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Dhaka sets new guidelines for recruitment of housemaids

The Bangladeshi recruitment file has been met with some obstacles that contributed to the late arrival of workers. (AFP)
JEDDAH: The Bangladeshi government, represented by its Ministry of Labor, has come up with five new guidelines and regulations that are expected to be implemented at the beginning of 2017.
These regulations aim to regulate domestic recruitment to Saudi Arabia, and guarantee the recruitment of those qualified to work, in addition to limiting brokers and decreasing the return of workers to their countries after they finish their contracts. These regulations also aim to maintain the rights of all parties and increase the number of domestic workers in the Kingdom.
A source at the Bangladeshi Consulate in Jeddah confirmed that the country’s Ministry of Labor is working on the establishment of a number of lists and regulations including decreasing the time needed to extract a medical and security certificate to one week instead of three to four weeks; increasing the number of recruitment offices in Bangladesh and imposing more supervision on them; increasing the training period for those registered in centers allocated to training maids to 45 days instead of 30 days; establishing a database to register the names of qualified workers and follow up on their recruitment in the Kingdom to avoid the recruitment of unqualified maids.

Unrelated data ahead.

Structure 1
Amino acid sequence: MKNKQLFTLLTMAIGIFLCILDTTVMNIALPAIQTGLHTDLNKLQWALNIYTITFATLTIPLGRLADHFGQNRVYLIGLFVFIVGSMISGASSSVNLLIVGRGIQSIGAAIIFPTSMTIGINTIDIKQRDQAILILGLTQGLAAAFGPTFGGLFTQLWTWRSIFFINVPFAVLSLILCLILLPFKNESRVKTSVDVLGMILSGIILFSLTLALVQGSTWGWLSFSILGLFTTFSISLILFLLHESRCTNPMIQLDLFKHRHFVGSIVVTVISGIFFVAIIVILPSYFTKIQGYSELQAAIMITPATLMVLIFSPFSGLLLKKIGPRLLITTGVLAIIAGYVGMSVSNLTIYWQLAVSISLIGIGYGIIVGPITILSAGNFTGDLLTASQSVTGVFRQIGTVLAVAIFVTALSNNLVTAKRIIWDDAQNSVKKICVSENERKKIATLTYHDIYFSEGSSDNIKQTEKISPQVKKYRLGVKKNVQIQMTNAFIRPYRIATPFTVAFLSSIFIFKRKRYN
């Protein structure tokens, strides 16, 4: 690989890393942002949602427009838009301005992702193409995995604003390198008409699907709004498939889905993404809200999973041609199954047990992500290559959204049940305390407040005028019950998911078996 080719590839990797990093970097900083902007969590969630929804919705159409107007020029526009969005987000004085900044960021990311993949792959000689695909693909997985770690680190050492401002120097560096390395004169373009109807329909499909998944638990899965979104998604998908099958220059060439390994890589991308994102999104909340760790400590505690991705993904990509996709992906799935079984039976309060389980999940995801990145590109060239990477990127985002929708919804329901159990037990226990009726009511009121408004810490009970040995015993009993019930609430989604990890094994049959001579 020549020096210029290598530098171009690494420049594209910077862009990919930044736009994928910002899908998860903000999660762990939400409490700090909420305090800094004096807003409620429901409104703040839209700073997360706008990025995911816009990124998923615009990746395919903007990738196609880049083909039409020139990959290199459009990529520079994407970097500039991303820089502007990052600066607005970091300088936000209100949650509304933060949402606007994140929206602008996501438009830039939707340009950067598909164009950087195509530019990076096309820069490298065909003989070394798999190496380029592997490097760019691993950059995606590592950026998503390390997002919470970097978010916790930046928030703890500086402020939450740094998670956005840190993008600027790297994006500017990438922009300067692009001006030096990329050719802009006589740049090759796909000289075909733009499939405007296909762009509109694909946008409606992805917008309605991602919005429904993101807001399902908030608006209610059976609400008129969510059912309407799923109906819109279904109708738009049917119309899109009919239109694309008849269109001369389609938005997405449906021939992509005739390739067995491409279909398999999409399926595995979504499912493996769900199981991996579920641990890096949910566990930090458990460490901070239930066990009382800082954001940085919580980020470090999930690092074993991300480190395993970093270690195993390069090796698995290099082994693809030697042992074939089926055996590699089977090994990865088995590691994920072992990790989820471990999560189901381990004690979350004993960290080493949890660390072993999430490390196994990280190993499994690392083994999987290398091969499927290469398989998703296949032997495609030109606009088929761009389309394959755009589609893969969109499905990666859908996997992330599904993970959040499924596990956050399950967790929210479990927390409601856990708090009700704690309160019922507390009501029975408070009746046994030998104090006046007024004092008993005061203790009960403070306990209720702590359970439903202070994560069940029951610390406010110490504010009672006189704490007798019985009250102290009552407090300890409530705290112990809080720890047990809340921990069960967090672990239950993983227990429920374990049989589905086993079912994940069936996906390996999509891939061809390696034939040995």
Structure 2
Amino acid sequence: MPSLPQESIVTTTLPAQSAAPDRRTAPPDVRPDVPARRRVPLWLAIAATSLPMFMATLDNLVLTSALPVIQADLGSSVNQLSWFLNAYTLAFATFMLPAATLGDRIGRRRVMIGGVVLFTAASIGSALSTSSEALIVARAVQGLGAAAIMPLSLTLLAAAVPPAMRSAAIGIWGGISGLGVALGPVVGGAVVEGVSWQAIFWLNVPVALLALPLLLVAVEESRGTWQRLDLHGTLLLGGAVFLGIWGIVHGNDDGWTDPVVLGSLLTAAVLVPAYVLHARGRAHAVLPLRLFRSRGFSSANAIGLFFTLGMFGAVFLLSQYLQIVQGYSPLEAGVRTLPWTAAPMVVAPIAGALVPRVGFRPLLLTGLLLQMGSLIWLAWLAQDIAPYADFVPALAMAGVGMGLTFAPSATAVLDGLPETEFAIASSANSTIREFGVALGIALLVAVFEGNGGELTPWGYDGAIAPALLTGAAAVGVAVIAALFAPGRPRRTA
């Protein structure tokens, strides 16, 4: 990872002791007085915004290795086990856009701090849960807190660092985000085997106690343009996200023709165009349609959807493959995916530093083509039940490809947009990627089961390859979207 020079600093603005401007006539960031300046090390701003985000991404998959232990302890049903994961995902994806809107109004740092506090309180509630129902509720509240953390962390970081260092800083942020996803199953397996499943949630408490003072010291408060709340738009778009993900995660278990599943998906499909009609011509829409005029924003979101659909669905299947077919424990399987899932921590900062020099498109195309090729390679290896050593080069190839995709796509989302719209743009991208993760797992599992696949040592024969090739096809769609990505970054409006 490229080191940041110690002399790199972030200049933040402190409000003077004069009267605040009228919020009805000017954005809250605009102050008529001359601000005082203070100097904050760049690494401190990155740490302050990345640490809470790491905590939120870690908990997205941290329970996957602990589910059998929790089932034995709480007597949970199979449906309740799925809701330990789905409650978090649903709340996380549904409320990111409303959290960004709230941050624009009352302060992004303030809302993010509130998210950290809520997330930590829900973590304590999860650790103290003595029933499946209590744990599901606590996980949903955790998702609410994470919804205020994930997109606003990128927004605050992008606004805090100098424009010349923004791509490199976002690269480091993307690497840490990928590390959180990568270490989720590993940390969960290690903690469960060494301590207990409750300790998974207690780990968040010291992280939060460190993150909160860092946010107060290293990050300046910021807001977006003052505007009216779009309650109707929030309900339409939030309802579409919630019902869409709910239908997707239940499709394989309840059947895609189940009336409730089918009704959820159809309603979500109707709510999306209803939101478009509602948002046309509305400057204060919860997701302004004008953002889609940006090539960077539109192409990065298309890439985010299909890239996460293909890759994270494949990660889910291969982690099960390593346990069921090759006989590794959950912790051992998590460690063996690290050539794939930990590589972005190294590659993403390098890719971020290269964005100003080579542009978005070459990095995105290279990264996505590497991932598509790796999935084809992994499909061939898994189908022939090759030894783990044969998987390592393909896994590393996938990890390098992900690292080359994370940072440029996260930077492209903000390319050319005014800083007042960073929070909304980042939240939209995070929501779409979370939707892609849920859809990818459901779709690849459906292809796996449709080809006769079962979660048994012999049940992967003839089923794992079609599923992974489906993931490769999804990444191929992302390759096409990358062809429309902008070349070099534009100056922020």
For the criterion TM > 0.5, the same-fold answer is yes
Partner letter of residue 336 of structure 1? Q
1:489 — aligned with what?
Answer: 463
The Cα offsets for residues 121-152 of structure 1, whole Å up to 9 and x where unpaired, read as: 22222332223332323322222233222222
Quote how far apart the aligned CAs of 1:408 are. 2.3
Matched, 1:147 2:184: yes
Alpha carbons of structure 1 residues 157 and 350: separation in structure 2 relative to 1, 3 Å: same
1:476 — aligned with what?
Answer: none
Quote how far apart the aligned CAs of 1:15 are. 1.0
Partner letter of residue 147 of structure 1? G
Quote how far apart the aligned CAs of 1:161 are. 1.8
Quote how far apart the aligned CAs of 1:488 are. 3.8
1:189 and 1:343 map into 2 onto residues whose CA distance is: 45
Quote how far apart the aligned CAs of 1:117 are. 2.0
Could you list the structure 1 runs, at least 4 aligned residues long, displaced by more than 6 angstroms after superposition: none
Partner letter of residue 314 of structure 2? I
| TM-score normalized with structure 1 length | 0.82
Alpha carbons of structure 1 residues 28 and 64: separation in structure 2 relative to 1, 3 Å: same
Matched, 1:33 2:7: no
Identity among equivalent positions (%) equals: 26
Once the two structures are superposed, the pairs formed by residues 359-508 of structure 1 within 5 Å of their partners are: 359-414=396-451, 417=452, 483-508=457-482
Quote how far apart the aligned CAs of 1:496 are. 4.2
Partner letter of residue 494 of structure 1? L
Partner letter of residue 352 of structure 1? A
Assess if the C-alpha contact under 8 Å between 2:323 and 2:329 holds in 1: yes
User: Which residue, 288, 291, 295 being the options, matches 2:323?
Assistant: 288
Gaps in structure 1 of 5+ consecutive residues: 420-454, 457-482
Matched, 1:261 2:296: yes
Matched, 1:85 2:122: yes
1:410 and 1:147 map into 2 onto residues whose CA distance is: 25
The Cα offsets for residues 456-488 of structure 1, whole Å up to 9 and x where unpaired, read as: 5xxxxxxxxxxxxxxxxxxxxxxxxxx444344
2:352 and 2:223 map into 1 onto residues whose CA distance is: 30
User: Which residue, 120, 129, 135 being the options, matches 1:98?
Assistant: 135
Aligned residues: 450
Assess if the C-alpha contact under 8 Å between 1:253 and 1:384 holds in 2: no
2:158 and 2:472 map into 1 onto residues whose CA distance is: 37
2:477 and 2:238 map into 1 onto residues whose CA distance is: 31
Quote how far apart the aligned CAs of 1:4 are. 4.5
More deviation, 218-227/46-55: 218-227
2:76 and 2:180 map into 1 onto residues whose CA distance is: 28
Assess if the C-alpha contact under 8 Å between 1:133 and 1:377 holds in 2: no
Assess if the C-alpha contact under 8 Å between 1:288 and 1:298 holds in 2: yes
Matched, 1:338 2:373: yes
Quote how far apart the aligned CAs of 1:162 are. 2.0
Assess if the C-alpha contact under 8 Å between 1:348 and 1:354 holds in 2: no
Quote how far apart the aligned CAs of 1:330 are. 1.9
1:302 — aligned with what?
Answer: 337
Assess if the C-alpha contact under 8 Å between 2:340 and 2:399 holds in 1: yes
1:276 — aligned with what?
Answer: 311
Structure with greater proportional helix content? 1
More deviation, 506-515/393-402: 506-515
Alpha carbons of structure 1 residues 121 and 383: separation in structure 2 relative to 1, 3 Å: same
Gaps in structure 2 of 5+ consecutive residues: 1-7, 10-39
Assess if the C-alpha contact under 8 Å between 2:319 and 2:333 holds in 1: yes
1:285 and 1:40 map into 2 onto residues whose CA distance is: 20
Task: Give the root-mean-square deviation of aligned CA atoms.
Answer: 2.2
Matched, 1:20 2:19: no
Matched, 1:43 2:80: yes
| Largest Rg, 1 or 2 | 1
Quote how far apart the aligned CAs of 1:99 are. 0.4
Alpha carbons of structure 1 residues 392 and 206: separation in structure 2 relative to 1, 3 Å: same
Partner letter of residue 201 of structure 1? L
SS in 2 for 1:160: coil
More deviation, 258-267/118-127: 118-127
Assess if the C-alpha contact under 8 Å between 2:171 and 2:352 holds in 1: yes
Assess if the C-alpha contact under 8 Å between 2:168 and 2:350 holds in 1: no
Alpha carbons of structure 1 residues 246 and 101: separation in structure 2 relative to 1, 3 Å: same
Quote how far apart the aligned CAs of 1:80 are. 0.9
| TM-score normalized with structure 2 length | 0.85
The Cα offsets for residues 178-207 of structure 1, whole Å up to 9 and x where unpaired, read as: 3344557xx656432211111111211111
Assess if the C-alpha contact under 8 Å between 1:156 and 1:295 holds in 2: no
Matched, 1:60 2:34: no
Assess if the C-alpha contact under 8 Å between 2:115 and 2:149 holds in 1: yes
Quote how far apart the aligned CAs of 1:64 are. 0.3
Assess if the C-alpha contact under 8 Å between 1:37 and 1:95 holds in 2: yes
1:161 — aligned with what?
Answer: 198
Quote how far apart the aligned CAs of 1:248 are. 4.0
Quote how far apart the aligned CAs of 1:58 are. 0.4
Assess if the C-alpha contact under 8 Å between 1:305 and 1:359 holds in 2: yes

Hussein Al-Harithi, owner of a recruitment office, said the new regulations will contribute to the facilitation of recruitment and the decrease of the recruitment period to three months instead of seven months.
The Bangladeshi recruitment file has been met with some obstacles that contributed to the late arrival of workers, such as the increased cost of contracts with Bangladeshi offices; the recruitment of one male worker for each three female workers; some maids refusing to travel without their families; the increased demand, lack of supply and low wages which led to the accumulation of around 60 percent of visas issued by the Ministry of Labor in recruitment offices.

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